Despite our many national problems and flaws and sins, America is still an amazing country. That's why our universities are filled with the smartest students from the nations. That's why our businesses and technologies help improve the quality of life around the globe. We remain the land of endless opportunity and we are a people of endless optimism.
But we have certainly seen better days in the past, especially in terms of national unity and national morality.
Especially national morality.
Without a doubt, America in the past has been godlier, and that has been the key to our greatness.
That means that, if we are to make America great again, we must make America godly again. Otherwise, we will continue to decline.
It is true that America has never been a totally Christian (or, perfectly Christian) nation. Far from it.
But there is no denying our strong biblical roots.
There is no denying the Christian principles that infused our nation in its earliest days, beginning with the colonies, and these laid the foundation for our greatness. As Proverbs states, "Righteousness exalts a nation, but sin is a reproach to any people" (Prov. 14:34).
I was struck deeply by this when doing research for my book Saving a Sick America.
In the opening chapters of the book, I traced our deeply Christian roots from the 1600s through the early 1900s, beginning with the "Old Deluder Act," passed in 1647. The act called for schools to be established in each community when it grew to a certain size to ensure that the children would be able to read—so they would be able to read the Bible.
The colonists were not about to allow that old deluder, Satan, to keep the Word from them.
As I noted in Saving a Sick America, "Similar sentiments were expressed in the New Haven Code of 1655, which stated that the purpose of education was to equip children to be 'able duly to read the Scriptures ... and in some competent measure to understand the main grounds and principles of Christian Religion necessary to salvation.'"
It was the same with the founding of our greatest universities, beginning with Harvard and Yale. They were Bible-based, Christian-based, mission-based schools.
And it was the same with children's schooling from their very first lessons in the alphabet, where each letter corresponded to a scriptural truth. Textbooks like this were commonly used right through the 1800s.
Our Founding Fathers were quite aware of the importance of having a biblically literate, morally grounded populace. That's why Samuel Adams said, "A general dissolution of principles and manners will more surely overthrow the liberties of America than the whole force of the common enemy. While the people are virtuous they can not be subdued; but when once they lose their virtue they will be ready to surrender their liberties to the first external or internal invader."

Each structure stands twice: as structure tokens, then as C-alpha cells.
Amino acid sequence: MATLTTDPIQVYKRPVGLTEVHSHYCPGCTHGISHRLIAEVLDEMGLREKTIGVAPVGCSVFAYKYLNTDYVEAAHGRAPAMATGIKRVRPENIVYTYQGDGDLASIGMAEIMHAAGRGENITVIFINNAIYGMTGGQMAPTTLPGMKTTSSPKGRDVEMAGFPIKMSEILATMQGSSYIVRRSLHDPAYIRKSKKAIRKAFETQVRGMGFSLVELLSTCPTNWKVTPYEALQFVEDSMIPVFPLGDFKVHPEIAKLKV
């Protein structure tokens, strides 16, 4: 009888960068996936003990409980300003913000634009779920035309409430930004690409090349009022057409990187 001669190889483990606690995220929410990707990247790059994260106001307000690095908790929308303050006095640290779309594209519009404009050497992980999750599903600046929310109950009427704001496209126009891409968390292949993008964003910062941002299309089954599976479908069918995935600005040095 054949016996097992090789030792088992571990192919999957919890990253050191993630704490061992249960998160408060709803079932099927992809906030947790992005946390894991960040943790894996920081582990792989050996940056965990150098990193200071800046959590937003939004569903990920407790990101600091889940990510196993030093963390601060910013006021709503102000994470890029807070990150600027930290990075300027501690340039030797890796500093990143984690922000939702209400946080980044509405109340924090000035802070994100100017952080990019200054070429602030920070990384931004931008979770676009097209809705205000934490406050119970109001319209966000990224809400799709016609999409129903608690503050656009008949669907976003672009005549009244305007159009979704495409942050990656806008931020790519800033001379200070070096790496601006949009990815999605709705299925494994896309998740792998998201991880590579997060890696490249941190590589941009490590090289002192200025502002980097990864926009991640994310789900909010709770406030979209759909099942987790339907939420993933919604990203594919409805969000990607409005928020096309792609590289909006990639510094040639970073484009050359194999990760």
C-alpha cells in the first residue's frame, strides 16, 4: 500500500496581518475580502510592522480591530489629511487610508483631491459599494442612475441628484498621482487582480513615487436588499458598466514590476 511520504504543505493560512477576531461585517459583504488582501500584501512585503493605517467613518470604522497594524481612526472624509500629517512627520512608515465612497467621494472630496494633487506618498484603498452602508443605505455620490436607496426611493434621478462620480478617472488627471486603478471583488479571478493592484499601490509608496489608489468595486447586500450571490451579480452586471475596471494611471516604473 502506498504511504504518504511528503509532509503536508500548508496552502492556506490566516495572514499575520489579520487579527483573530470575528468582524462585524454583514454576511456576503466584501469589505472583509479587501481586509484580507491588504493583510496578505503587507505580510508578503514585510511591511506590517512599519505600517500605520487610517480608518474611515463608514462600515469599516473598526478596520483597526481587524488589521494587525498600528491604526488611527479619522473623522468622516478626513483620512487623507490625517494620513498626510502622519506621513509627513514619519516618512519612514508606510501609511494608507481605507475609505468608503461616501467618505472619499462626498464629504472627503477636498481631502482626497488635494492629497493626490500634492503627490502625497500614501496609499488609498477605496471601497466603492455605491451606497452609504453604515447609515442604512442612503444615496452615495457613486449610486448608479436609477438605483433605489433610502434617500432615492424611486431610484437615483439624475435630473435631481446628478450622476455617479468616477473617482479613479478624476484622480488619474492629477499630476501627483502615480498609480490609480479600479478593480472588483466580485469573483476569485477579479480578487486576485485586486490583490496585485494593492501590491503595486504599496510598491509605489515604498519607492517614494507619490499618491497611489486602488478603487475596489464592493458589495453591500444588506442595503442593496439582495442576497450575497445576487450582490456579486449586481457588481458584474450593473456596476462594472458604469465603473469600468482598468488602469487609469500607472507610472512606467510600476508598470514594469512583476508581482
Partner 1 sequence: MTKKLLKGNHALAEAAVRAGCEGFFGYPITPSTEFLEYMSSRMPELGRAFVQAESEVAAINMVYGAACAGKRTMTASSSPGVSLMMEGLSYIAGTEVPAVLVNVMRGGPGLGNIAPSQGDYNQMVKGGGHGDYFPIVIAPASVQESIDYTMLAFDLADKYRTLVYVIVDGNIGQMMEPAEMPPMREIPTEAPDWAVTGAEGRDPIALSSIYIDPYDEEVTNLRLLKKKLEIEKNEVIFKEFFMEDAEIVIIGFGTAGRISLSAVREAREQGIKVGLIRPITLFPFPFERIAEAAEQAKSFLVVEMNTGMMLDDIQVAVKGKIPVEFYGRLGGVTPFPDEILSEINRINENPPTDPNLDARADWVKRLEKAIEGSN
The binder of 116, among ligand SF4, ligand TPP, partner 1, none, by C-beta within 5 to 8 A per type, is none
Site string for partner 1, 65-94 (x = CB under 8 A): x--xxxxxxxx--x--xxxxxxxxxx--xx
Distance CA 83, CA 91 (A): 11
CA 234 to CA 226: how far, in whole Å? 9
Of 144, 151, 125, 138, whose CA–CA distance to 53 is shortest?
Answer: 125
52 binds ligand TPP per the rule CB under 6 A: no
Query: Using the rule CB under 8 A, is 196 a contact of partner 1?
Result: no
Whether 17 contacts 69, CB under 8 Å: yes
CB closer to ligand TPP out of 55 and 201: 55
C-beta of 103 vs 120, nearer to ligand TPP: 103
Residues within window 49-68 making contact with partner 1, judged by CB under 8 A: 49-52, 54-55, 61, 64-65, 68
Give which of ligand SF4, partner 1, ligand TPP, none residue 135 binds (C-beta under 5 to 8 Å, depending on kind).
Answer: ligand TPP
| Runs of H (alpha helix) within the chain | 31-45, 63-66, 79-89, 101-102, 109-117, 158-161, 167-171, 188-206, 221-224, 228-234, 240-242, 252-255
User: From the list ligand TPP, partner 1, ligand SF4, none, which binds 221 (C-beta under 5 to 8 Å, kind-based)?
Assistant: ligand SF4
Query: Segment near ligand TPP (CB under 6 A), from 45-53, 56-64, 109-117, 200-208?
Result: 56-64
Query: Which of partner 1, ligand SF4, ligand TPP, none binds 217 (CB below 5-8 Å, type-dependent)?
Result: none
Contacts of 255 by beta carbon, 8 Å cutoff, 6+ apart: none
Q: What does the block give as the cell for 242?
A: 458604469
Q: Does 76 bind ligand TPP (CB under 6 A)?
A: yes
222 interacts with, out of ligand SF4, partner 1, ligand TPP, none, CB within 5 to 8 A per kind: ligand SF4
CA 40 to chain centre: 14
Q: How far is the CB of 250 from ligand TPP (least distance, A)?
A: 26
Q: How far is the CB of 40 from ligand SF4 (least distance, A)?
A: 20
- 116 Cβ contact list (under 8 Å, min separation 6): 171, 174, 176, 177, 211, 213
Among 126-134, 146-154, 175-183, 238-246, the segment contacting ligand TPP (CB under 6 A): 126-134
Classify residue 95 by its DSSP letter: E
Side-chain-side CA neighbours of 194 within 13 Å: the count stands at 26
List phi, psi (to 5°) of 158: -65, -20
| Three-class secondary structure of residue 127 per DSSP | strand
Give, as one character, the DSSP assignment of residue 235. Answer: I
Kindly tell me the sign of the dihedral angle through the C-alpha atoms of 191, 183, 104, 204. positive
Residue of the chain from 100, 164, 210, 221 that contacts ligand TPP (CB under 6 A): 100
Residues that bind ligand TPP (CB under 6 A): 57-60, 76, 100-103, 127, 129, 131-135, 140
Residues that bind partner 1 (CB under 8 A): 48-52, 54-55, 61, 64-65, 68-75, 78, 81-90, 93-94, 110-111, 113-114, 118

What wise and prophetic words. When we lose our virtues, we lose our liberties.
Now, there is a quote widely attributed to the French historian and philosopher Alexis De Tocqueville, who famously visited America in the 1830s. Even if the quote doesn't originate with him, it does reflect his overall observations. And it is certainly true.
It says this: "I sought for the key to the greatness and genius of America in her harbors...; in her fertile fields and boundless forests; in her rich mines and vast world commerce; in her public school system and institutions of learning. I sought for it in her democratic Congress and in her matchless Constitution.
"Not until I went into the churches of America and heard her pulpits flame with righteousness did I understand the secret of her genius and power."
Again, whether De Tocqueville himself said this or whether it was uttered by another contemporary, the message rings true. And it is certainly in harmony with some of his other observations, including this: "Upon my arrival in the United States the religious aspect of the country was the first thing that struck my attention; and the longer I stayed there, the more I perceived the great political consequences resulting from this new state of things."
And, for those who will immediately say, "What about slavery?" the answer is simple.
First, there was opposition to the inexcusable evil of slavery even among the colonies. Second, slavery was the norm through much of the world at that time, having been brought over from Europe from the outset of our nation. Third, it was our godly roots that broke the yoke of slavery within the first century of our independence.
Slavery was unspeakably evil, and that's why our nation cast it off. Our Christian roots did not allow us to tolerate this for long.
The undeniable reality is that America cannot be great again unless America is good again. And America cannot be good again without being godly—or, in short, without God's help, through the gospel.
So, for me, whenever, I see a MAGA hat (which is fine in itself and is neither racist nor bigoted), I'll see this: "Make America Godly Again."
And when I see that bright-red color, I'll think of the most powerful red of all: the blood of Jesus.
Of course, America will never be a perfectly Christian nation. No nation will until Jesus returns.
And we will always have our share of problems and issues.
But to the extent we can get back to our godly roots, not by imposing them on others but by living them out, to that extent we can be great—again.
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